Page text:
Set amidst a maritime backdrop of modern ships and turn of the century sailing vessels, the V&A Waterfront provides a harmonious setting for an afternoon drink or meal, a shopping spree or a pleasant stroll along the pier.
Shops are open until 9pm, 7 days a week. There are over 240 specialty stores, 11 cinemas and a variety of restaurants and cafés. Many of the restaurants and cafés border the marina offering delightful meals at the harbour's edge. Several restaurants have both indoor and outdoor seating, which makes for a pleasant atmosphere in which to enjoy Cape Town's summer sunsets and winter evenings. The most remarkable and unique aspect of the V&A Waterfront is that it remains a real working harbour with a rich cultural heritage dating back hundreds of years.
History of the Cape Town Waterfront
On 17 September 1860 Prince Alfred, Queen Victoria's second son, tipped the first load of stone to start construction of the breakwater for Cape Town's harbour. Alfred Basin could not handle the increased shipping volumes and subsequently a larger basin, the Victoria Basin, was built. The Victoria and Alfred Waterfront derived its name from the 2 harbour basins around which it developed.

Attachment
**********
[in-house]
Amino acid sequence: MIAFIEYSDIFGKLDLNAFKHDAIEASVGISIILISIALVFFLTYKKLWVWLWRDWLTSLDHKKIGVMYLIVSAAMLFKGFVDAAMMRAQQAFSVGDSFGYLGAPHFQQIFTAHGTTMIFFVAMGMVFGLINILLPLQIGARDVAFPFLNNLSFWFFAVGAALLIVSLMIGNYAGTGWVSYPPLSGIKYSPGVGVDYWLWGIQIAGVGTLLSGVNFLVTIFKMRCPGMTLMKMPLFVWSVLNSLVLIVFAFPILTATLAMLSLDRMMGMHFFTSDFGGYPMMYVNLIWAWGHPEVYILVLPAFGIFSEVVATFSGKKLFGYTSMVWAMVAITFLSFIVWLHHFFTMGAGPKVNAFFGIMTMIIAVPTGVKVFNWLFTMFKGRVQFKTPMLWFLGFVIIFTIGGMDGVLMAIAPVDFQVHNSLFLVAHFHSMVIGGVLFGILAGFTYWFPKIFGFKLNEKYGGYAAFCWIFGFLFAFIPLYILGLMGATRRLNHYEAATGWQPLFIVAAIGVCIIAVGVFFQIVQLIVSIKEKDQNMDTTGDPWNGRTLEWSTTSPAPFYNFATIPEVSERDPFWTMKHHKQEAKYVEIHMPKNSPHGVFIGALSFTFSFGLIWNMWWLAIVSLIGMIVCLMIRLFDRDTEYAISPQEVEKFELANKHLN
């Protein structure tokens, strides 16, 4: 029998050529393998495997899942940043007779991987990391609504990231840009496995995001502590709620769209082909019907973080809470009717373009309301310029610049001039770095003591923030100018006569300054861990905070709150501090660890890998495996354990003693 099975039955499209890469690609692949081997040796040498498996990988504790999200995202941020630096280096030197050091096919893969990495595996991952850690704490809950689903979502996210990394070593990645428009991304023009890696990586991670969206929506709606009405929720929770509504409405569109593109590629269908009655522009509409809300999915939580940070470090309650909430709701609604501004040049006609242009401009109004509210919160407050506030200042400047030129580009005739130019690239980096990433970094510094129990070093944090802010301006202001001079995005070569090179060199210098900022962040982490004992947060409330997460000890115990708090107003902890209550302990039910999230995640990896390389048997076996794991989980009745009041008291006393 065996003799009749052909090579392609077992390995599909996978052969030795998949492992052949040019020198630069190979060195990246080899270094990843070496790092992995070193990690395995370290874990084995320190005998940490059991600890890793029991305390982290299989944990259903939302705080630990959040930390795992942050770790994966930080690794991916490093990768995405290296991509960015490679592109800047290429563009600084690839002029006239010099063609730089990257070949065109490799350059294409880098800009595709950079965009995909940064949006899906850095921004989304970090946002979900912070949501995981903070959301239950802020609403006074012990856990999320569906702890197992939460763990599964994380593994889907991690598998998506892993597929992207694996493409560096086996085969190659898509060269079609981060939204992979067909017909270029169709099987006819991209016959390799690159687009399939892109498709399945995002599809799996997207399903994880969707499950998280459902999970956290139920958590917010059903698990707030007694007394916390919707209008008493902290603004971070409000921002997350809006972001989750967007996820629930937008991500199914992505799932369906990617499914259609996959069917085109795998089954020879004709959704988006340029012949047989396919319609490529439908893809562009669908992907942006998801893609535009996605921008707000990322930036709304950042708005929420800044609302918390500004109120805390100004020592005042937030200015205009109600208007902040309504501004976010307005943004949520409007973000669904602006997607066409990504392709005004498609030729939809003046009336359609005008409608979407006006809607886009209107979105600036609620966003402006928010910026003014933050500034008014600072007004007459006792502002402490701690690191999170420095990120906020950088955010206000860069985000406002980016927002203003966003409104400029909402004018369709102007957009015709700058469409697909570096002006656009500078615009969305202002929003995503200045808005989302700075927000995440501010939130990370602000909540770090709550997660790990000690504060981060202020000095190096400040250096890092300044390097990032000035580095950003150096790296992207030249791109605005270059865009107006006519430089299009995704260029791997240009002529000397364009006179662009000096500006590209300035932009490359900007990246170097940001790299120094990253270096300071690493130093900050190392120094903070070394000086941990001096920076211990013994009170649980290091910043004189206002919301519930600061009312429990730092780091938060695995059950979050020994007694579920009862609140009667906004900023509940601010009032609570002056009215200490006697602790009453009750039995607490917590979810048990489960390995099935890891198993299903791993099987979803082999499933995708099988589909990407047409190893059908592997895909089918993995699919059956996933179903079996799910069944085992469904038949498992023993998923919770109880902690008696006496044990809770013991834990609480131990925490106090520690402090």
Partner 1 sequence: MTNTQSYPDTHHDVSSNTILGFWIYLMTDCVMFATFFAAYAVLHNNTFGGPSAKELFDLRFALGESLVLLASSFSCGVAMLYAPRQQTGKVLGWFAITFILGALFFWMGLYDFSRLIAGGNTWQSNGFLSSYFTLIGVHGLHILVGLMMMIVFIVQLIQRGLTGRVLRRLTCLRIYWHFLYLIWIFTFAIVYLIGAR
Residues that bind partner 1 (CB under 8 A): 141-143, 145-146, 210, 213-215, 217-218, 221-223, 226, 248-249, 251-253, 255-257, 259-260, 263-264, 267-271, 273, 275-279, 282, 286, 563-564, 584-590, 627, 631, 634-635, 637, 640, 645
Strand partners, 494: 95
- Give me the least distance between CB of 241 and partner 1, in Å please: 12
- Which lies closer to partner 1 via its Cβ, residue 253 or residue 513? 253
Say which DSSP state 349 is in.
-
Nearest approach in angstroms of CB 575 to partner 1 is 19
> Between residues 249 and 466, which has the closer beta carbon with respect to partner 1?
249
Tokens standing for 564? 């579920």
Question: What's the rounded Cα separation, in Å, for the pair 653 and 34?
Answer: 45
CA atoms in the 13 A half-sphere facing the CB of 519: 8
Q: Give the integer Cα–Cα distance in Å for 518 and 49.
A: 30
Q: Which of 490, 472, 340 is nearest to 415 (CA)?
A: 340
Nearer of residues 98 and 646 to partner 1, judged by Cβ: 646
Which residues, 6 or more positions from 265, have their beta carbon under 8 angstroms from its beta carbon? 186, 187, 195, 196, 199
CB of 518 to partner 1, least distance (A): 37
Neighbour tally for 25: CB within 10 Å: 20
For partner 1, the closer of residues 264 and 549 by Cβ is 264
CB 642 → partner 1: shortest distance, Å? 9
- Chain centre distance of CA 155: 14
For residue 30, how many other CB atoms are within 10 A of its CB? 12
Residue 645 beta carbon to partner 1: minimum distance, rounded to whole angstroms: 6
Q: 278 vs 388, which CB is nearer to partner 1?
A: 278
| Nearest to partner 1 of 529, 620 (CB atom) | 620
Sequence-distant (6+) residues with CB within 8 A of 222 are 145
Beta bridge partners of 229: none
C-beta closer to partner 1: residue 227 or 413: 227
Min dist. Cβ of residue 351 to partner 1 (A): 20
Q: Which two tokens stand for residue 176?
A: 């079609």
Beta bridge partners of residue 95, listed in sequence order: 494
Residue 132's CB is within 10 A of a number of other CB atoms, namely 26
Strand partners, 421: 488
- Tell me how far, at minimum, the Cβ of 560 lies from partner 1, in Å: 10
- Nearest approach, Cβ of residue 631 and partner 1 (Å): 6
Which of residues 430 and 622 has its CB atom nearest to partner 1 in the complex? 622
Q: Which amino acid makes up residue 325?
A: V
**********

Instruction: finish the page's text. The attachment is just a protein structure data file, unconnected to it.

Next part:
The Waterfront Company was announced in November 1988, with a mandate to develop the historic harbour as a mixed use area, focusing on tourism and commerce with the continuing operation of the working harbour.
The Waterfront Today
Today the Waterfront provides a variety of entertainment for the whole family. Visitors can enjoy scenic views of Table Mountain, historic buildings, museums, tours, boat trips, helicopter rides, sea plane rides, a working brewery and much more. In addition, the resident population of Cape Fur Seals provides a further attraction. Special events and promotions contribute towards the Waterfront's naturally festive atmosphere.